|British Member of Parliament|
|Preceded by||Edwin Gooch|
|Succeeded by||Ralph Howell|
18 April 1907|
Attleborough, Norfolk, England
|Died||11 January 2009
|Spouse(s)||Dora Anna Barham|
|Occupation||President of the National Union of Agricultural Workers|
The son of a Norfolk farm worker, he left school at 14 to work on a farm in Wymondham, where his duties included scaring crows. When agricultural wages slumped after the First World War sparking the Norfolk farm workers' strike in 1923, Hazell became active in the National Union of Agricultural Workers. He worked as a district organiser for the NUAW, 1937–1964.
He unsuccessfully contested the safe Tory parliamentary seat of Barkston Ash in Yorkshire in the 1945 and 1950 elections, before returning to Norfolk to help North Norfolk Labour MP Edwin Gooch. In 1945 he came within 116 votes of victory in Barkston Ash.
He was elected Member of Parliament (MP) for North Norfolk in 1964 by just 53 votes. The constituency was unusual in being an agricultural seat electing Labour MPs since 1945, owing to a history of organised agricultural trade unionism and a working-class rural Labour vote in Norfolk at the time, very atypical of the rest of the country. He was re-elected in 1966, when his majority was 737 votes. He lost his seat at the 1970 general election to the Conservative Ralph Howell who held the seat for 27 years. Subsequently Labour have never regained Norfolk North, and were relegated to third place when the Liberal Democrats gained the seat in 2001.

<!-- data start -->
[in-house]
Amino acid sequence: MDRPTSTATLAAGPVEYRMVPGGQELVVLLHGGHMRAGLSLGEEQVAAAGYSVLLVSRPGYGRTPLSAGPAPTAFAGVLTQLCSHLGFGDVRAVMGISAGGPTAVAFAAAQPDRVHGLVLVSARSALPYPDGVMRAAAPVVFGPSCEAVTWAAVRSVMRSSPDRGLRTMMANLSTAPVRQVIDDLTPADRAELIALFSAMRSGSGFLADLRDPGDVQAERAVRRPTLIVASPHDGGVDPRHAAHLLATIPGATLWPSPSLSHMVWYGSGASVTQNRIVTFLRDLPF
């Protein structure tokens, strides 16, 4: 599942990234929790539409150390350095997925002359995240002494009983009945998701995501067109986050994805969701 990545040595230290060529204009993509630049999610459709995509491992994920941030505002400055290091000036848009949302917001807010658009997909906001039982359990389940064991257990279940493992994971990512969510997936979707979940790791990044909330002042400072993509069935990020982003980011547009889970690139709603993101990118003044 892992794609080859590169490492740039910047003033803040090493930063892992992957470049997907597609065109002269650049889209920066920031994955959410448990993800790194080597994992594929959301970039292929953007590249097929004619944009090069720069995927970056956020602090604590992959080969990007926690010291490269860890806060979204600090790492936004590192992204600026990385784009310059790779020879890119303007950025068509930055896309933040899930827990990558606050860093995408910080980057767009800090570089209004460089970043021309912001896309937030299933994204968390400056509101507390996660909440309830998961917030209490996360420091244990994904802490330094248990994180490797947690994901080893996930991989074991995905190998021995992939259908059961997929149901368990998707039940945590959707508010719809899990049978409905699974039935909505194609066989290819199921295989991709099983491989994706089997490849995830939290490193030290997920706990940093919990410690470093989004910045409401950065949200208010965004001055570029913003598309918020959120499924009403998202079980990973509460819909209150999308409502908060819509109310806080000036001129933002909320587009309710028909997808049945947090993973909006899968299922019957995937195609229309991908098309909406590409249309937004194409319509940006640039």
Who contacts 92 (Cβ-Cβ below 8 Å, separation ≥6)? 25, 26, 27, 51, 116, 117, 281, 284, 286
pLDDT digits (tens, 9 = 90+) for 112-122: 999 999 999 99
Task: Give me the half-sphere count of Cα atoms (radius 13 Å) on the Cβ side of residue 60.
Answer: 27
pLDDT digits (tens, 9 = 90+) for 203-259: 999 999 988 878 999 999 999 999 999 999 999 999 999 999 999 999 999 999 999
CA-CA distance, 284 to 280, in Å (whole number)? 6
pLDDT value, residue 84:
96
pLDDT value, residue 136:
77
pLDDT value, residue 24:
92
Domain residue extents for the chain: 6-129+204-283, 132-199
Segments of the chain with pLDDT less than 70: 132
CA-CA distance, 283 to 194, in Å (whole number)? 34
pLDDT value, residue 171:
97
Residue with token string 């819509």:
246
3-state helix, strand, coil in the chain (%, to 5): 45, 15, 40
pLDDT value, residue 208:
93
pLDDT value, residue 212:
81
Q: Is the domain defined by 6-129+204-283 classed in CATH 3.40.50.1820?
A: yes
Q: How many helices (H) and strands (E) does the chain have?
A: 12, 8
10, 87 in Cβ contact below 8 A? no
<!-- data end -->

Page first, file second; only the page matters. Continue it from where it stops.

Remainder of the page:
As president of the NUAW for 10 years until he retired in 1978, Hazell devoted nearly 60 years to the cause of agricultural workers. He had a lengthy career in the health service including as chair of York Health Authority in the 1980s.
Hazell was made an MBE for services to agriculture in 1946 and a CBE for services as chairman of the regional board for industry in 1962.
Hazell, who reached his 100th birthday in April 2007, was the second longest-living MP in British history; only Theodore Cooke Taylor lived longer, beating Hazell in the longevity stakes by around six months. On 6 November 2008 he overtook the late Lord Shinwell's record as the longest-living former MP of recent times. Upon Hazell's death, James Allason became the oldest living former MP.
He died on 11 January 2009, aged 101. He was three months short of his 102nd birthday.
- "The longest life in politics". The Daily Telegraph, 5 November 2008, p. 6.
- Leigh Rayment's Peerage Pages [self-published source][better source needed]
- Who's Who 2007
- The Almanac of British Politics by Robert Waller and Byron Criddle
- Diss Mercury - Worker's Hero Birthday Marked
- Country Standard
- EDP obituary, 15 January 2009[permanent dead link]
- Tributes paid to Labour stalwart Bertie Hazell; The Press, 15 January 2009
- Obituary in The Independent by Tam Dalyell; 22 January 2009
- Hansard 1803–2005: contributions in Parliament by Bert Hazell
|Parliament of the United Kingdom|
|Member of Parliament for North Norfolk
|Trade union offices|
|President of the National Union of Agricultural and Allied Workers